, 310-311 (8(a), 9) (298 SE2d 1
) (1982); Hawes v. State, 240 Ga. 327 (9) (240 SE2d 833) (1977)
; Fleming v. State, 240 Ga. 142 (7) (240 SE2d 37) (1977)
. We have reversed death penalties when the defendant was erroneously denied the opportunity to present mitigating evidence, Sprouse v. State, 250 Ga. 174 (296 SE2d 584) (1982)
; Cobb v. State, 244 Ga. 344 (28) (260 SE2d 60) (1979)
; Sprouse v. State, 242 Ga. 831 (5) (252 SE2d 173) (1979)
; or where the Witherspoon voir dire was not recorded, Owens v. State, 233 Ga. 869 (2) (214 SE2d 173) (1975)
. We have considered alleged Witherspoon errors on their merits whether or not objections were made at trial. Castell v. State, 250 Ga. (7(b)) (301 SE2d 234
) (1983); Davis v. State, 236 Ga. 804 (1) (225 SE2d 241) (1976)
. And we have examined allegedly improper argument whether or not objected to at trial. See, e.g., Horton v. State, supra at 875, 876; Gilreath v. State, 247 Ga. 814 (15) (279 SE2d 650) (1981)
; Thomas v. State, 240 Ga. 393 (7) (242 SE2d 1) (1977)
; Prevatte v. State, 233 Ga. 929 (6) (214 SE2d 365) (1975)
. What we have not done is invalidate a death penalty simply because the prosecutor made an impassioned argument to the jury during the sentencing phase of the trial.
We think it is clear that neither the Eighth Amendment nor OCGA 17-10-35
(c) (1) (Code Ann. 27-2537) forbids a death penalty based in part on an emotional response to factors in evidence which implicate valid penological justifications for the imposition of the death penalty. Perforce, argument by the prosecutor which "dramatically appeals" to such legitimate emotional response is not "constitutionally intolerable." To the extent that Hance v. Zant holds to the contrary, we must disagree.
6. In this case, the prosecutor informed the jury that he had been involved in criminal law for seven years and that as district attorney for the circuit, had prosecuted nine murder cases. He told the jury that he had never before sought the death penalty, but he was seeking it now.
"The range of discussion [during closing argument] is wide -- very wide . . . 11
[I]n his addresses to the Jury it is [counsel's] right to descant upon the facts proven or admitted . . .; to arraign the conduct of the parties; impugn, excuse, justify or condemn motives, so far as they are developed in evidence; assail the credibility of witnesses, when that is impeached by direct evidence, or by the inconsistency or incoherence of [their] testimony, [their] manner of testifying, [their] appearance, or by circumstances. His illustrations may be as various as are the resources of his genius; his argumentation as full and profound as his learning can make it; and he may, if he will, give play to his wit, or wing to his imagination." Mitchum v. State, 11 Ga. 615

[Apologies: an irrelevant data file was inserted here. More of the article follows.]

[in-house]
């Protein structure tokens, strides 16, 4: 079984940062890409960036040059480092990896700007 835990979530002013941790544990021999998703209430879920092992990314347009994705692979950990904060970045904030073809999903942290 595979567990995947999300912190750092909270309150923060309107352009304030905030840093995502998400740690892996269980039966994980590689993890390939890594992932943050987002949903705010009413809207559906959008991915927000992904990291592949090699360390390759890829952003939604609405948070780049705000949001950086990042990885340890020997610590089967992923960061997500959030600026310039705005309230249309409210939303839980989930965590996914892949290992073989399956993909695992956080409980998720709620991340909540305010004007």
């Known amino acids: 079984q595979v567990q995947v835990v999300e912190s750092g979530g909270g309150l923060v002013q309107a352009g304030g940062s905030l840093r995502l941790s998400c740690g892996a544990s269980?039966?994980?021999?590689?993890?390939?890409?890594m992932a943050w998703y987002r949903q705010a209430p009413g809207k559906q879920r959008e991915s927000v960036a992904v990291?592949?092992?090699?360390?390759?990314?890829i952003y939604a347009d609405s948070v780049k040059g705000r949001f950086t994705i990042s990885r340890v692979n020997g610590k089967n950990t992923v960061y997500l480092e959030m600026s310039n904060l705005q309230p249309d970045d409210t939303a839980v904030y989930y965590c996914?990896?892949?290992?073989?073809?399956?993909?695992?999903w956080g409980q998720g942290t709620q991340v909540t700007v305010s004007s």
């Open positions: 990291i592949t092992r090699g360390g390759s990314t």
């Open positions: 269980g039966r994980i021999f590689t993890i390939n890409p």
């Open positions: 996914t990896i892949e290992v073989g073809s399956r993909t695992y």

, 631 (1852). "Counsel may bring to his use in the discussion of the case well-established historical facts and may allude to such principles of divine law relating to transactions of men as may be appropriate to the case." Western & Atlantic R. Co. v. York, 128 Ga. 687
, 689 (58 SE 183
) (1907). Counsel for the state may forcibly or even extravagantly attempt to impress upon the jury "the enormity of the offense and the solemnity of their duty in relation thereto." Patterson v. State, 124 Ga. 408
, 409 (52 SE 534
However, counsel should not " 'go outside the facts appearing in the case . . . and lug in extraneous matters as if they were a part of the case . . .' " Smith v. State, 74 Ga. App. 777, 792 (41 SE2d 541) (1947). "What the law condemns is the injection into the argument of extrinsic and prejudicial matters which have no basis in the evidence." Floyd v. State, 143 Ga. 286, 289 (84 SE 971) (1915).
The portion of the prosecutor's argument referring to his prior criminal experience and the frequency with which he had sought the death penalty was not supported by any evidence and, moreover, was not relevant to any issue in the case. The argument was therefore improper.
As in Hance, no objection was made to these remarks. Were this not a death penalty case, such unobjected to remarks would present nothing for review. McAllister v. State, 231 Ga. 368 (1) (202 SE2d 54) (1973)
; Scott v. State, 229 Ga. 541 (6) (192 SE2d 367) (1972)
. Since this is a death penalty case, we have reviewed these remarks and conclude that they are not so prejudicial or offensive and do not involve such egregious misconduct on the part of the prosecutor as to require reversal of appellant's death sentence on the basis that it was impermissibly influenced by passion, prejudice, or any other arbitrary factor.
7. After review of the record in this case, including matters dealt with in Divisions 1 and 6 of this opinion, we conclude that the sentence of death was not imposed under the influence of passion, prejudice, or other arbitrary factors. 12
8. Appellant's sentence is not excessive or disproportionate to the penalty imposed in similar cases, considering the crime and the defendant. The similar cases listed in the appendix support the affirmance of the death penalty.